When the Japanese attacked Pearl Harbor, Lindbergh overnight became the most hated man in America. He was judged as a Nazi sympathizer-anti Semitic.

He wanted to rejoin the Army Air Corp, and serve, but FDR refused.

He eventually found a way to serve by conducting highly dangerous aeronautical experiments for aviation companies.

After the war, he was a pioneer in the environmental movement. He died in Hawaii in 1974.

An amazing American life.

Emanuel Celler

He was a Congressman in Park Slope for half a century- (1924-1974). He was indispensable in passing LBJ's Civil Rights Bills. If you go to youtube, you can find LBJ signing the Civil Rights Act of 1964. You will see Johnson using a lot of different pens to sign the historic legislation. After LBJ signed the bill with his first pen he turns his head over his left shoulder and yells "Manny!" and gives the first pen to Cellar. Wonder where that pen is now?

Roy from Benny's

Roy is unforgettable. A bunch of us were sitting on a stoop last Saturday and we were swapping Roy stories. What laughs we had. Roy was a man untouched by modern-America's malady known as political correctness. He addressed kids in the neighborhood not by their name, but by a name that would be putting down their ethnic group. But no one complained. We never even thought about it. It was a different time. Plus, the guy had a heart of gold. (One story that was told involved cops looking for a couple of local kids, and Roy hid them out in Benny's bathroom.) He was gone way too soon, and with Roy behind the grill, each meal you ordered came with a free side of cigar ashes.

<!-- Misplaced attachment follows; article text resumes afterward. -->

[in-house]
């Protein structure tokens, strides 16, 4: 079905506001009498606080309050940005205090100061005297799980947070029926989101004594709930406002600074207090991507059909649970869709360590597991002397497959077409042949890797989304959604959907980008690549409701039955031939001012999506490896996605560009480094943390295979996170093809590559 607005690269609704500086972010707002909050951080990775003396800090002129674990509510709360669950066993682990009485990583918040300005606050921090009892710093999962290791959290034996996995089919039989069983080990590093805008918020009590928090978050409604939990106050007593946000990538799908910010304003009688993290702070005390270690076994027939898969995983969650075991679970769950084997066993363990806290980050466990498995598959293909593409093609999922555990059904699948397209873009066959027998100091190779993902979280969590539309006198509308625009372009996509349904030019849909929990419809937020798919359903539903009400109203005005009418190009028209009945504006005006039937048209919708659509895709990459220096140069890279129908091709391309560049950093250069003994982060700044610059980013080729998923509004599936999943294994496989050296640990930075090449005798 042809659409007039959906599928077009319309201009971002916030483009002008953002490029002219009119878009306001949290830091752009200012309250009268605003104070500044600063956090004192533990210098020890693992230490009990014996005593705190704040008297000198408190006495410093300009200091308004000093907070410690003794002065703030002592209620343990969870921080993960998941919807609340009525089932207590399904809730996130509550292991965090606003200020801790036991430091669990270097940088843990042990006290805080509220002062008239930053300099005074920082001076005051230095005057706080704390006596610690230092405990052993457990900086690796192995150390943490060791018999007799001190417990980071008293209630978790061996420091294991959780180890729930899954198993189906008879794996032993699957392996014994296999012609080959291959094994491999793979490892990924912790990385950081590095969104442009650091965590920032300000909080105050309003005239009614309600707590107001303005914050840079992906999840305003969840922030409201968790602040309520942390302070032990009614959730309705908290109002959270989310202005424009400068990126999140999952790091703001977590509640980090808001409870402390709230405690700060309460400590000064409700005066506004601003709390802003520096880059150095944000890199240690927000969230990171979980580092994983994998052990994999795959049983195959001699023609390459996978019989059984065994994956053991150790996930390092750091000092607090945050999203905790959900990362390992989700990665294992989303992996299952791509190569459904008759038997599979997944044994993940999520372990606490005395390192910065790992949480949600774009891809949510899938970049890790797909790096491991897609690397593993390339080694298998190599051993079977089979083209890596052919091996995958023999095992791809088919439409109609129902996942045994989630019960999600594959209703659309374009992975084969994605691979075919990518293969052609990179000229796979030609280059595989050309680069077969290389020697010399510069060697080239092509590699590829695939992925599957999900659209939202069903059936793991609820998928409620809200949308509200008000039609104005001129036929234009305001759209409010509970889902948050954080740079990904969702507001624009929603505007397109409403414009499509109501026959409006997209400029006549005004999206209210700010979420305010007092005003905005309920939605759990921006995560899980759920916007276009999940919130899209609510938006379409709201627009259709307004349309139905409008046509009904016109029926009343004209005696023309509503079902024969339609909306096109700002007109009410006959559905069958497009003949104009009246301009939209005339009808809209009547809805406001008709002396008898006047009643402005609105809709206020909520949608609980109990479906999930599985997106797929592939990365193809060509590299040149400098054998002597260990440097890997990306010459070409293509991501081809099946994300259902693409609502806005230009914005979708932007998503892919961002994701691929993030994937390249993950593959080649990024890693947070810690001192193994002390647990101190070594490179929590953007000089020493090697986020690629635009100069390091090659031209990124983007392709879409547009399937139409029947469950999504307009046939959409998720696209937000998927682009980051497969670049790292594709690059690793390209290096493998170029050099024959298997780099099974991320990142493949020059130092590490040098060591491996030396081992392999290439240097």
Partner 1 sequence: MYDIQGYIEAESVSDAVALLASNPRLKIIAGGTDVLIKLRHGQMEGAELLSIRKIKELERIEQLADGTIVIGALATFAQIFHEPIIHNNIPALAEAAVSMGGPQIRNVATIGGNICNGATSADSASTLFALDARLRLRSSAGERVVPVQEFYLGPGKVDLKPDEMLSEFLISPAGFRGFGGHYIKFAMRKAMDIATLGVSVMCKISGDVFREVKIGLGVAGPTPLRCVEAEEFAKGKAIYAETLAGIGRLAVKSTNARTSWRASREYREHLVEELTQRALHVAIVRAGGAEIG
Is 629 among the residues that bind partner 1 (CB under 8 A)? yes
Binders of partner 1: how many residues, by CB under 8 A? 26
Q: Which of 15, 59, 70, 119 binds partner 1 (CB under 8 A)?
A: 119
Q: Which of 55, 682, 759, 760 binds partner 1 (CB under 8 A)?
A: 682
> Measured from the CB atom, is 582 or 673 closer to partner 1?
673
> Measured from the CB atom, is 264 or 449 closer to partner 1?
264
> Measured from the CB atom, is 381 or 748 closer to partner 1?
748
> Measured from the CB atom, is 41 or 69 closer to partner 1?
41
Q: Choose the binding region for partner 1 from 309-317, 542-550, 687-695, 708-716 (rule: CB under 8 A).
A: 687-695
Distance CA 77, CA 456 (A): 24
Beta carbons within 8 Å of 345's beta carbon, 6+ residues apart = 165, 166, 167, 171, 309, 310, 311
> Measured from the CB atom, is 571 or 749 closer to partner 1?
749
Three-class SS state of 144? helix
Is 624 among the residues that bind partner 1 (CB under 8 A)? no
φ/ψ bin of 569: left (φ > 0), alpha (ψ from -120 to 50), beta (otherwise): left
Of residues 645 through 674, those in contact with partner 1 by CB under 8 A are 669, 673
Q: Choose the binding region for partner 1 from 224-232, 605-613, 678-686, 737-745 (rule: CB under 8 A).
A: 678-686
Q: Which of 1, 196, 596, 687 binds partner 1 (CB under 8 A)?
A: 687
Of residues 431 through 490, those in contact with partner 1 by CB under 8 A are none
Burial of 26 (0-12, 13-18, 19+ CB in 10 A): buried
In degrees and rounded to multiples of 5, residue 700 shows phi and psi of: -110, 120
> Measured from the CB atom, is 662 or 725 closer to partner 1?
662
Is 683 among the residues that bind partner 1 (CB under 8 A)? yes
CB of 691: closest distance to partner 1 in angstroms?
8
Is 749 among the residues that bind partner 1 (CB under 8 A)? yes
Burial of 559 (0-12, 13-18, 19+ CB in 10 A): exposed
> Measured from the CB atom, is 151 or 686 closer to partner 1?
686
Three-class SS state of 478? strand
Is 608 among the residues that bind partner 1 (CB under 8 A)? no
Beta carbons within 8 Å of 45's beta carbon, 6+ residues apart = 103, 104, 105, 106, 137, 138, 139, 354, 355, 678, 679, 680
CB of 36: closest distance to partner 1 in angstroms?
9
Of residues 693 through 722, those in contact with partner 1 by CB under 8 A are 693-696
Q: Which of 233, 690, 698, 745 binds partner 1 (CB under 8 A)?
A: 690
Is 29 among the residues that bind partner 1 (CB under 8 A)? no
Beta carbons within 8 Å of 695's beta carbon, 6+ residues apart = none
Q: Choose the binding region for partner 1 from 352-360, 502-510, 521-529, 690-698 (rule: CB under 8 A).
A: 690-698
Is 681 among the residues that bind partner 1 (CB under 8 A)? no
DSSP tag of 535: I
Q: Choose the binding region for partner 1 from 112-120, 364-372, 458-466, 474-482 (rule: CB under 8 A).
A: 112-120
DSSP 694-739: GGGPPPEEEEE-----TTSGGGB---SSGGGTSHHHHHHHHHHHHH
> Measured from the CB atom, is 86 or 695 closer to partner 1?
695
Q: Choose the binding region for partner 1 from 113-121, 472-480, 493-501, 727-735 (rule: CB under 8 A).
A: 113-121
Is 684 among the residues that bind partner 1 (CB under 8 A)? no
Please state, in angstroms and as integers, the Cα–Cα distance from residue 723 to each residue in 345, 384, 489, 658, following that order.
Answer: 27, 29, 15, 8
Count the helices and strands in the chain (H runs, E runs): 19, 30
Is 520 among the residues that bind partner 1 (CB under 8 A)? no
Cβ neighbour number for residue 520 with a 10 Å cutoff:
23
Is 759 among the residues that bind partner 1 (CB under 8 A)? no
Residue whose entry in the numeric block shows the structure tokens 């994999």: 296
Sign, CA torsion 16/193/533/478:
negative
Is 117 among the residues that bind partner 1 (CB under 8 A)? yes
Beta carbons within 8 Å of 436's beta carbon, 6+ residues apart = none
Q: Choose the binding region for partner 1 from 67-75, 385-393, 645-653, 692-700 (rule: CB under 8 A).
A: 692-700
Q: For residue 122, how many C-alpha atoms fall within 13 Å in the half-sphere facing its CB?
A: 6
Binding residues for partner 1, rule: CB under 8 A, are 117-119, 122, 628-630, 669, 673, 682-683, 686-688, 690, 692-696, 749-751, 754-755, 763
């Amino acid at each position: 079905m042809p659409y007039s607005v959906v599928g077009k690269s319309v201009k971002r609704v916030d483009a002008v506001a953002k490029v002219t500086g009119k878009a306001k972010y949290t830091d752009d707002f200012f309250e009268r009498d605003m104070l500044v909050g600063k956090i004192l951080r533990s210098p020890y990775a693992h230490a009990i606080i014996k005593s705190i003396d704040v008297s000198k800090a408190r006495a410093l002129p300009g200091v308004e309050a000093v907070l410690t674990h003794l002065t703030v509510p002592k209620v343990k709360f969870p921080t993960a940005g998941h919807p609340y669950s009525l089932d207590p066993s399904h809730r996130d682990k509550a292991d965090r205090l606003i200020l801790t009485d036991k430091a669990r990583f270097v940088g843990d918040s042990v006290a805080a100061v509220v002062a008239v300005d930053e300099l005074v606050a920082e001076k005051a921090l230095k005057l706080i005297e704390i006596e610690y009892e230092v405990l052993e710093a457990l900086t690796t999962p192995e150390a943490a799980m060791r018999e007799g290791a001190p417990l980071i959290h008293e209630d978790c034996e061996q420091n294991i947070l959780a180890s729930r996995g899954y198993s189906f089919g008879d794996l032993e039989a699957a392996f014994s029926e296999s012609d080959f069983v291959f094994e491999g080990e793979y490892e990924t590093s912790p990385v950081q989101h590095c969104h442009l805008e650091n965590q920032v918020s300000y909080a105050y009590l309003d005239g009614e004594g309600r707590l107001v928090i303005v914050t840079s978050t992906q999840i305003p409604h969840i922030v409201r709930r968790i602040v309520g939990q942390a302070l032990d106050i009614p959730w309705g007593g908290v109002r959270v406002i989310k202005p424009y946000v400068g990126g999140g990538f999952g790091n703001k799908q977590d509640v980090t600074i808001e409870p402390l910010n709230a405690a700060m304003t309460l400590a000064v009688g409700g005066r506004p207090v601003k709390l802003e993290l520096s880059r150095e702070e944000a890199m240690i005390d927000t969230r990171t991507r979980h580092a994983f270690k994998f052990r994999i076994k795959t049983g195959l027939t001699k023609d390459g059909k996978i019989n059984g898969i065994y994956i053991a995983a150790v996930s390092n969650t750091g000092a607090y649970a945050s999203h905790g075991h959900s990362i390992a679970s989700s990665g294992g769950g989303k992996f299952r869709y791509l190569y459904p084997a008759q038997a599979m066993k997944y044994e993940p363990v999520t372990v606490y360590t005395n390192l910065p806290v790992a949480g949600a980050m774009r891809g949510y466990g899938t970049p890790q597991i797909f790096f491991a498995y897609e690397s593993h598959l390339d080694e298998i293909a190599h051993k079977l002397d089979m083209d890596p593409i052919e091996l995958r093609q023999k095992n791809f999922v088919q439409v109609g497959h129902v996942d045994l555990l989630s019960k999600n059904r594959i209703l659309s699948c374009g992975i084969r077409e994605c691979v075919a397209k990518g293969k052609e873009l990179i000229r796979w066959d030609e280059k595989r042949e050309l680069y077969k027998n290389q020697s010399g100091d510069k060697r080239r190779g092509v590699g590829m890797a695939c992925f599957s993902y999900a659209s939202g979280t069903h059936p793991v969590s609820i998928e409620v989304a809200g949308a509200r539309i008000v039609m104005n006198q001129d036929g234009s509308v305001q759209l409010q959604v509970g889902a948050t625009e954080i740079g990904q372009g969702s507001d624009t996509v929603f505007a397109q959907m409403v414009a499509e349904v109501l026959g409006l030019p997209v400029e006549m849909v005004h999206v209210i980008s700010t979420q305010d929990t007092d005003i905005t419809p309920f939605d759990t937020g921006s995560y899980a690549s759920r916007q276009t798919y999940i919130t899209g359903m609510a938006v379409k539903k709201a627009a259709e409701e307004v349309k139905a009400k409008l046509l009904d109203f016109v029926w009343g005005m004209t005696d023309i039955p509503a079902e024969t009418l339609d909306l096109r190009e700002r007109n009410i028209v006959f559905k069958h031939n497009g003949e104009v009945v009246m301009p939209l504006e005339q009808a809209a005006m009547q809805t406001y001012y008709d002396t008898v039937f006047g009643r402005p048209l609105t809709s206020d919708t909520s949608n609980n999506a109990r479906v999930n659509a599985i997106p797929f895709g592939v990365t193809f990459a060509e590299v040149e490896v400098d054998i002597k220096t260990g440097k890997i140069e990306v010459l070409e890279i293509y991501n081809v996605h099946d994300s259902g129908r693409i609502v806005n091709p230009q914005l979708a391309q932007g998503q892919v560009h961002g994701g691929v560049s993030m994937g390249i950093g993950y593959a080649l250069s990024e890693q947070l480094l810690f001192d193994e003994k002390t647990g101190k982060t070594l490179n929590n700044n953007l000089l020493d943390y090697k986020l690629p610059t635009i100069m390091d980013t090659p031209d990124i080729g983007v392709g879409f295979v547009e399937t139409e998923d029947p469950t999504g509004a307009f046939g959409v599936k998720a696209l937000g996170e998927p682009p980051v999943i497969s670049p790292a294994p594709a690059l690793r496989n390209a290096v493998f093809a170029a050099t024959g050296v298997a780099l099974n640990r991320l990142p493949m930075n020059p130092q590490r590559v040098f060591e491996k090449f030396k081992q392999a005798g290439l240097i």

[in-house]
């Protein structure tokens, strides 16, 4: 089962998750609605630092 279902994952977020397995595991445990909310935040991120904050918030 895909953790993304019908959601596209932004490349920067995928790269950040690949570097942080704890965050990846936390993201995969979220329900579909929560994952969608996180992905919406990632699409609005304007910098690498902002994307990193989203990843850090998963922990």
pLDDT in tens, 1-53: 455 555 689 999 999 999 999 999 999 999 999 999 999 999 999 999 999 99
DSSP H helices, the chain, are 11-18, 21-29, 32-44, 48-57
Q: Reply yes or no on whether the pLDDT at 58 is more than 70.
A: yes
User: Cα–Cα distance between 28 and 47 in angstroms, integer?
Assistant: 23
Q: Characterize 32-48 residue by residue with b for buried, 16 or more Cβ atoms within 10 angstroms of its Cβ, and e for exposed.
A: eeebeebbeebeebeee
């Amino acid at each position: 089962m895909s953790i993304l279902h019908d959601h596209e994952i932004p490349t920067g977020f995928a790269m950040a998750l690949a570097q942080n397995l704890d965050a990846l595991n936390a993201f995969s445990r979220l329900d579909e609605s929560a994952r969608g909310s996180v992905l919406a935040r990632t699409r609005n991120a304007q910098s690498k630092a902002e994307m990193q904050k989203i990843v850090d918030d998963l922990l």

Dick Young

The greatest sports columnist of my youth. Wrote for the Daily News for 30ish years ans then jumped ship to the Post. His "Young Ideas" column was the first thing I would read every morning. He singlehandedly led the movement that made Tom Seaver request a trade, hated radio and TV reporters so much that he would curse into their microphones to make their tape unusable, and had someone who reads this ejected from a box seat (but not the stadium) at Shea.

Mavis Staples

I love female r&b singers from the 60's and 70's. Saw her at a free concert in Battery Park two summers ago. Her voice is still amazing. Did you know that "The Weight" by the Band and "Slippery People" by the Talking Heads were both written and performed with the Staple Singers approach to vocals in mind?

Minnie Riperton

What happened to Minnie Riperton should not happen to anyone. Whether with the hippie group Rotary Connection, or her own records, she had the voice of an Angel. I am especially partial to her music because I have a difficult time getting sleep so I throw on the Bose Headphones with her music @ night and its dream -like quality tricks me into believing I am sleeping. Life is not fair: she died 30 years ago from breast Cancer at age 31.